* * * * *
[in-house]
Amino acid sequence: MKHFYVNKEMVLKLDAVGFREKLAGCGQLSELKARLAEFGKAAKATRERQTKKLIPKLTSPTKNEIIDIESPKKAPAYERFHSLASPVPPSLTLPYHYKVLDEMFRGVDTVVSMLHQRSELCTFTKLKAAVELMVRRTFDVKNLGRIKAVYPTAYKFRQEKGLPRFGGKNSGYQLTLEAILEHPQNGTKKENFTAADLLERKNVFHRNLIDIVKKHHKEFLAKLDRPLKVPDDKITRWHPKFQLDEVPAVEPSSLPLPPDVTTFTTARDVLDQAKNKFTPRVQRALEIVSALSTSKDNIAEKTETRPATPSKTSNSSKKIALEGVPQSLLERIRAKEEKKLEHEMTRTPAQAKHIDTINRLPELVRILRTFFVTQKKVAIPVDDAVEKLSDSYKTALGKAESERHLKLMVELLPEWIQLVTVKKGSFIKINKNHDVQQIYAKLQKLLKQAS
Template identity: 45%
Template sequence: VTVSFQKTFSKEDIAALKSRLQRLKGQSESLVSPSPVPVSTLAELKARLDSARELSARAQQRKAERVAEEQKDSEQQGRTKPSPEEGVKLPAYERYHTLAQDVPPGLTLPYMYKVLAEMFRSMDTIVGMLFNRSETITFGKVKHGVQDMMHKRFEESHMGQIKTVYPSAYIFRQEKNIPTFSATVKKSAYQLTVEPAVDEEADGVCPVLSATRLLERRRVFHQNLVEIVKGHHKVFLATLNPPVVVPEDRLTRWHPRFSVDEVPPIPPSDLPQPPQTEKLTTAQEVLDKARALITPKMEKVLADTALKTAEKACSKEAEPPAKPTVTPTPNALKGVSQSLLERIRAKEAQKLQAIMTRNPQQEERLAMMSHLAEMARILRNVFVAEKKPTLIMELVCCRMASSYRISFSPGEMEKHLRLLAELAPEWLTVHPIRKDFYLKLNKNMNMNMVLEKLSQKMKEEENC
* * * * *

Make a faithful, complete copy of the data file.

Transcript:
[in-house]
Amino acid sequence: MKHFYVNKEMVLKLDAVGFREKLAGCGQLSELKARLAEFGKAAKATRERQTKKLIPKLTSPTKNEIIDIESPKKAPAYERFHSLASPVPPSLTLPYHYKVLDEMFRGVDTVVSMLHQRSELCTFTKLKAAVELMVRRTFDVKNLGRIKAVYPTAYKFRQEKGLPRFGGKNSGYQLTLEAILEHPQNGTKKENFTAADLLERKNVFHRNLIDIVKKHHKEFLAKLDRPLKVPDDKITRWHPKFQLDEVPAVEPSSLPLPPDVTTFTTARDVLDQAKNKFTPRVQRALEIVSALSTSKDNIAEKTETRPATPSKTSNSSKKIALEGVPQSLLERIRAKEEKKLEHEMTRTPAQAKHIDTINRLPELVRILRTFFVTQKKVAIPVDDAVEKLSDSYKTALGKAESERHLKLMVELLPEWIQLVTVKKGSFIKINKNHDVQQIYAKLQKLLKQAS
Template identity: 45%
Template sequence: VTVSFQKTFSKEDIAALKSRLQRLKGQSESLVSPSPVPVSTLAELKARLDSARELSARAQQRKAERVAEEQKDSEQQGRTKPSPEEGVKLPAYERYHTLAQDVPPGLTLPYMYKVLAEMFRSMDTIVGMLFNRSETITFGKVKHGVQDMMHKRFEESHMGQIKTVYPSAYIFRQEKNIPTFSATVKKSAYQLTVEPAVDEEADGVCPVLSATRLLERRRVFHQNLVEIVKGHHKVFLATLNPPVVVPEDRLTRWHPRFSVDEVPPIPPSDLPQPPQTEKLTTAQEVLDKARALITPKMEKVLADTALKTAEKACSKEAEPPAKPTVTPTPNALKGVSQSLLERIRAKEAQKLQAIMTRNPQQEERLAMMSHLAEMARILRNVFVAEKKPTLIMELVCCRMASSYRISFSPGEMEKHLRLLAELAPEWLTVHPIRKDFYLKLNKNMNMNMVLEKLSQKMKEEENC